During our myopia management evaluations, corneal topography plays an essential role. Many of our patients are interested in OrthoK, and it is often their number one choice for myopia management. It also happens to be my favorite myopia management modality due to how happy our patients are when we free them from glasses and contacts during the day.

Topography, and its close cousin tomography, are essential in diagnosing keratoconus as well. Placido disc topography maps the front surface of the cornea, while tomography uses Scheimpflug imaging to map both the front surface and posterior surface of the cornea. These two technologies have solved many of our office’s mystery patients, who had poor visual acuity that would not be corrected by other means. Having these instruments in the office has helped us to problem solve and diagnose many patients with underlying corneal disease, which would have gone undiagnosed in another office.  

A Topography Success Story
An example of the essential nature of topography is a patient who elected to stop doing OrthoK after 15 years of wear. He had recently turned 25, finished college as an engineer, and wanted to pursue LASIK.  He had started OrthoK when he was 10 years old at -3.00D. He stopped wearing his OrthoK retainers, and we managed the washout period using daily disposable contact lenses while he transitioned to baseline.  After one week, he was essentially a -3.50D myope, and he held this power for about four weeks.  However, upon examining the topographical difference maps, I noticed some minor changes that suggested we needed more time to return to baseline. 

I prescribed 90 days of lenses and asked the patient to return to the clinic in 90 days. Upon returning, the patient’s prescription had stabilized at -3.75D. We made the referral to the surgeon, making sure all parties were aware of the history of OrthoK for 15 years. The surgeon waited another three months to be sure, and when nothing had changed, went forward with the procedure. Today, the patient is happy, stable, and loving life without the need for correction.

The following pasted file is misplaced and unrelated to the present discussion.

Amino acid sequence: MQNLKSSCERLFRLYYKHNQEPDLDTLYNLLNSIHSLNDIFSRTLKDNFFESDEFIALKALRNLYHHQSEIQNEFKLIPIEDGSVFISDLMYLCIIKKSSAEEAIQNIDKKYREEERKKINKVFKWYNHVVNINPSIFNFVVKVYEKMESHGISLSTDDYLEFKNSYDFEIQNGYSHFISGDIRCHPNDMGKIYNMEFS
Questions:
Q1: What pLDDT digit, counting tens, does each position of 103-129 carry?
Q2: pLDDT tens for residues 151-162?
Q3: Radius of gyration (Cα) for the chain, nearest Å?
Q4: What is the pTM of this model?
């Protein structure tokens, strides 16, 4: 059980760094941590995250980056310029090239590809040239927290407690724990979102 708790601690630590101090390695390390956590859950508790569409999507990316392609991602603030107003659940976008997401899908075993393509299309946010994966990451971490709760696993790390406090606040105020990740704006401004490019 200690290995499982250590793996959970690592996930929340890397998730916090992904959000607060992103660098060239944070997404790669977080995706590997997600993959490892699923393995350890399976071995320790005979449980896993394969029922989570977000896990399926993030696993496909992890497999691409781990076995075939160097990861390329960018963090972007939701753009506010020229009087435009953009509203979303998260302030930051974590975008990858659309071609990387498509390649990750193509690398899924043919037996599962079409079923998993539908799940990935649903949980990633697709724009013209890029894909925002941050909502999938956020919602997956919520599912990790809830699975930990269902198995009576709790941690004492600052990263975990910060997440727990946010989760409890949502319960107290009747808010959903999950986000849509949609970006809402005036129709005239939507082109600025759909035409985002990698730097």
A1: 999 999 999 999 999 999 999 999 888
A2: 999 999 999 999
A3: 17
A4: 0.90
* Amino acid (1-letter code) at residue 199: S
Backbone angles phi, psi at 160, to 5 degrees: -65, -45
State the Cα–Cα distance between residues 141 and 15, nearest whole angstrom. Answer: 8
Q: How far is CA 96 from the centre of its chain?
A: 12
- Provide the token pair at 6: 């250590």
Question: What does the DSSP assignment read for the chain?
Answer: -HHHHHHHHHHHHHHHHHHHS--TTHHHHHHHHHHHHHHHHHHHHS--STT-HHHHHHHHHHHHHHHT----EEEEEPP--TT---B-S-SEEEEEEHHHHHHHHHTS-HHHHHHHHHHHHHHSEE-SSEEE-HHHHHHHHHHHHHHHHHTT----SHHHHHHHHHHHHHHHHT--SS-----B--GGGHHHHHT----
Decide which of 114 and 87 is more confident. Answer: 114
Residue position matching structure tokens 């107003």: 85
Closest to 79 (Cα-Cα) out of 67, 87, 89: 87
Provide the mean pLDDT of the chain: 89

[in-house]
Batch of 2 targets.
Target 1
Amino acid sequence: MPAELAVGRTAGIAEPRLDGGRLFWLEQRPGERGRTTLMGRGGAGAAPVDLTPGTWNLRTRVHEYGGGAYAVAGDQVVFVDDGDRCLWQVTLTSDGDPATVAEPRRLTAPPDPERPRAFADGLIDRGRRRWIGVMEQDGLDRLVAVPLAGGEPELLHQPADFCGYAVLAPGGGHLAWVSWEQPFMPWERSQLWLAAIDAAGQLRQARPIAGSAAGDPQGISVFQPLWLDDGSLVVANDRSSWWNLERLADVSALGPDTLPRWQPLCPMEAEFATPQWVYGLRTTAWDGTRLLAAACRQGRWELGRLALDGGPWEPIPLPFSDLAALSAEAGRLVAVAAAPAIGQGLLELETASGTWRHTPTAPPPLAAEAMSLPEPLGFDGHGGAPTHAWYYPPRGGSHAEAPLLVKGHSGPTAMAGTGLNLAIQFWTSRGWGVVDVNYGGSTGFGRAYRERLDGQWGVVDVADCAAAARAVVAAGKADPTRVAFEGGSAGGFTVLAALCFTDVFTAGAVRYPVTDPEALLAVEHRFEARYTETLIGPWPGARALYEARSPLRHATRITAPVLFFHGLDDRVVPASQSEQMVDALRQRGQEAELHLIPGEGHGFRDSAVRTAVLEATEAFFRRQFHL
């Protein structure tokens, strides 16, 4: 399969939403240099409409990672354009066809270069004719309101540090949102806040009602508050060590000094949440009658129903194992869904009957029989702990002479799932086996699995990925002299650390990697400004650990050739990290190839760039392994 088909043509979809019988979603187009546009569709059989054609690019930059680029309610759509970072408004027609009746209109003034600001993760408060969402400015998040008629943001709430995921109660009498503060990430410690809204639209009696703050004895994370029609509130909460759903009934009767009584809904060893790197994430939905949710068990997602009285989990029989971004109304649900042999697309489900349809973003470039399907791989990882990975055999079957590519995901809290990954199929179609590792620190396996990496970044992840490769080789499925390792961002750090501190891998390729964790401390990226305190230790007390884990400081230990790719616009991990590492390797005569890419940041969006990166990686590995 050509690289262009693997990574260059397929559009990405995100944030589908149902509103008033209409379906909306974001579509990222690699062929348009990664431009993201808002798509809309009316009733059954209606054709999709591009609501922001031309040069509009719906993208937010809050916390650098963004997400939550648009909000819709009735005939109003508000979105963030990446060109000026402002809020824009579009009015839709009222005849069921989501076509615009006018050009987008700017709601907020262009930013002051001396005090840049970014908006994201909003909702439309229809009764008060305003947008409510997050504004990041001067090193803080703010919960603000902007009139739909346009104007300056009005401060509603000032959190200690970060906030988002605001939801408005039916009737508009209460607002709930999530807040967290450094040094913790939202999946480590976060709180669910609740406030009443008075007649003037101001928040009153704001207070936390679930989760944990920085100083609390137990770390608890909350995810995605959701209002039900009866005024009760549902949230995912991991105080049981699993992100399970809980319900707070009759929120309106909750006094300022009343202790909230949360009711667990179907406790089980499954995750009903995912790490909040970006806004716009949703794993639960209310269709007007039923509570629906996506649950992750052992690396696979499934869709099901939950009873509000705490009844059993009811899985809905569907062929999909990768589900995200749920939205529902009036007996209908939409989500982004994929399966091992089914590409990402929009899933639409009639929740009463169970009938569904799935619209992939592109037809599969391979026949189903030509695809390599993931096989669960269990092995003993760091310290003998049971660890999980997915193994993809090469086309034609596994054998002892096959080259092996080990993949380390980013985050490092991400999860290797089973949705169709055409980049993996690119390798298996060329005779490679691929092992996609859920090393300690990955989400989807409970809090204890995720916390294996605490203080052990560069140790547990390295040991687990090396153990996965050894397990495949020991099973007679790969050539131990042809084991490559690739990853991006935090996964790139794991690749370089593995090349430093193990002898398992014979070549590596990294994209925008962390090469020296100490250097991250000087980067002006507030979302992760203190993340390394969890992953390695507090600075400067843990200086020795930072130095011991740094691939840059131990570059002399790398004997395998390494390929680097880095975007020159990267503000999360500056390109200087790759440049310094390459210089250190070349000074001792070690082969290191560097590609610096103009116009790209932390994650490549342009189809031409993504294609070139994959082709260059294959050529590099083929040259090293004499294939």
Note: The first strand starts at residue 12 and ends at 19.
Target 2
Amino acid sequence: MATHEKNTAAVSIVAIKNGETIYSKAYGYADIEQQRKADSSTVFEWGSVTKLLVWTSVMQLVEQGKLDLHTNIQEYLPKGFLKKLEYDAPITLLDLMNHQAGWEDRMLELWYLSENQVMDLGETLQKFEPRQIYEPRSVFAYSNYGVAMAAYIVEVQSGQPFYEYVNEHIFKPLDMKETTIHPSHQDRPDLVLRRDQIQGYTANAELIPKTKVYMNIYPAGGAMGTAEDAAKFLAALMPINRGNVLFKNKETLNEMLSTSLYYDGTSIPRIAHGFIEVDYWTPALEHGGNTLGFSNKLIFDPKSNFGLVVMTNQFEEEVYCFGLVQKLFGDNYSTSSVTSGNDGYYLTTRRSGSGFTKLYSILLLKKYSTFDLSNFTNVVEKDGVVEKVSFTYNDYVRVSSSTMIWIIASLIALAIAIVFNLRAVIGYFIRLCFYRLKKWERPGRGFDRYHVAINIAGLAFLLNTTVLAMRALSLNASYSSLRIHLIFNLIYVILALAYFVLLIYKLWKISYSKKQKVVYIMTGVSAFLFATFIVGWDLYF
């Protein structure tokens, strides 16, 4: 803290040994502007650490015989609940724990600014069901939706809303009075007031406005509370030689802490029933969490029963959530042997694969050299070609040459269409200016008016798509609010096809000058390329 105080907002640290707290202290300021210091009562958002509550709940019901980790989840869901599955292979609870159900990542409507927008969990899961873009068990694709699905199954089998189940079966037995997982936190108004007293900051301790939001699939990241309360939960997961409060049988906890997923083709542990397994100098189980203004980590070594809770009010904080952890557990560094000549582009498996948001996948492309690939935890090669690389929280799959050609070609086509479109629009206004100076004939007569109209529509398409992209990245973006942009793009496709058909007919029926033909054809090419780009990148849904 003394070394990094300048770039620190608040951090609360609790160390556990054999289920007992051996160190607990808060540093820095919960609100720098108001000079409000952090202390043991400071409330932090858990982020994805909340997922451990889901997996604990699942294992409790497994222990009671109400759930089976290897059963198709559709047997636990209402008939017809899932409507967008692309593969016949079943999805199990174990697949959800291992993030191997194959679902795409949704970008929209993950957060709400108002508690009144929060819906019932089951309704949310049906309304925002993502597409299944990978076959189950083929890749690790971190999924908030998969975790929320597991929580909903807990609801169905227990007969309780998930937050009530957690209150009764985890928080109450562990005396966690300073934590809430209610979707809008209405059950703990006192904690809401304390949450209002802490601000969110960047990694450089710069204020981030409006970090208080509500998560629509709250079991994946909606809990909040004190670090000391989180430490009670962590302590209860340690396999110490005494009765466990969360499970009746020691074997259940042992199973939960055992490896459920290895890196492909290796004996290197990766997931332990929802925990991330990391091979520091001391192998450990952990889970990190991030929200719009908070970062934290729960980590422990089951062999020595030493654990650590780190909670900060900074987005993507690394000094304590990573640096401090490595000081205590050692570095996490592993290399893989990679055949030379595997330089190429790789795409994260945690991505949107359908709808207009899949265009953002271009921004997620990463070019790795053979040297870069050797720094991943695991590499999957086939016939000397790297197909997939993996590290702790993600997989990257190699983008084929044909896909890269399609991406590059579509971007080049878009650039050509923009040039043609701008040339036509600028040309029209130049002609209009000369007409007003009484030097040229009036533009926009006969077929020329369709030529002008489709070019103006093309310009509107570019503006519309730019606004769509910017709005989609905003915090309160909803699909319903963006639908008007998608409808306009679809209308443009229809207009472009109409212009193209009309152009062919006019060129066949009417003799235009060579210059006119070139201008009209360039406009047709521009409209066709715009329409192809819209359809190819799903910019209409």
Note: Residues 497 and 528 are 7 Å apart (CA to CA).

Effective myopia management requires biometry with axial length progression and topographical assessment of the cornea. Much like the OCT (Ocular Coherence Tomography) which was invented in 1991, and is essential to glaucoma care, so is the use of biometry and topography essential to myopia management.  

Happy Fitting!


After graduating with honors in Pre-Optometry from Ferris State University, Dr. Matthew Martin attended the Michigan College of Optometry, graduating with honors in 1999. Dr. Martin has served the mid-Michigan area for 20 years, providing comprehensive care, managing ocular disease, and fitting specialty contact lens designs. He specializes in pediatric eye care and myopia management. Dr. Martin has been a Fellow of the International Academy of Orthokeratology and Myopia Control since 2003. He has served on the Leadership and Planning Board for this organization and currently serves on the Fellowship Testing Committee. In 2017, he presented at the Vision By Design Bootcamp for Newcomers, and he has since become a permanent member of the Bootcamp team. Dr. Martin is also a founding member of Mission Myopia Control, an implementation company, emphasizing education and implementation of myopia management in private practice.



  1.  Tideman JWL, Polling JR, Vingerling JR, Jaddoe VWV, Williams C, Guggenheim JA, Klaver CCW. Axial length growth and the risk of developing myopia in European children. Acta Ophthalmol. 2018 May;96(3):301-309. doi: 10.1111/aos.13603. Epub 2017 Dec 19. PMID: 29265742; PMCID: PMC6002955.
  2. Sanz Diez P, Yang LH, Lu MX, Wahl S, Ohlendorf A. Growth curves of myopia-related parameters to clinically monitor the refractive development in Chinese schoolchildren. Graefes Arch Clin Exp Ophthalmol. 2019 May;257(5):1045-1053. doi: 10.1007/s00417-019-04290-6. Epub 2019 Mar 23. PMID: 30903312.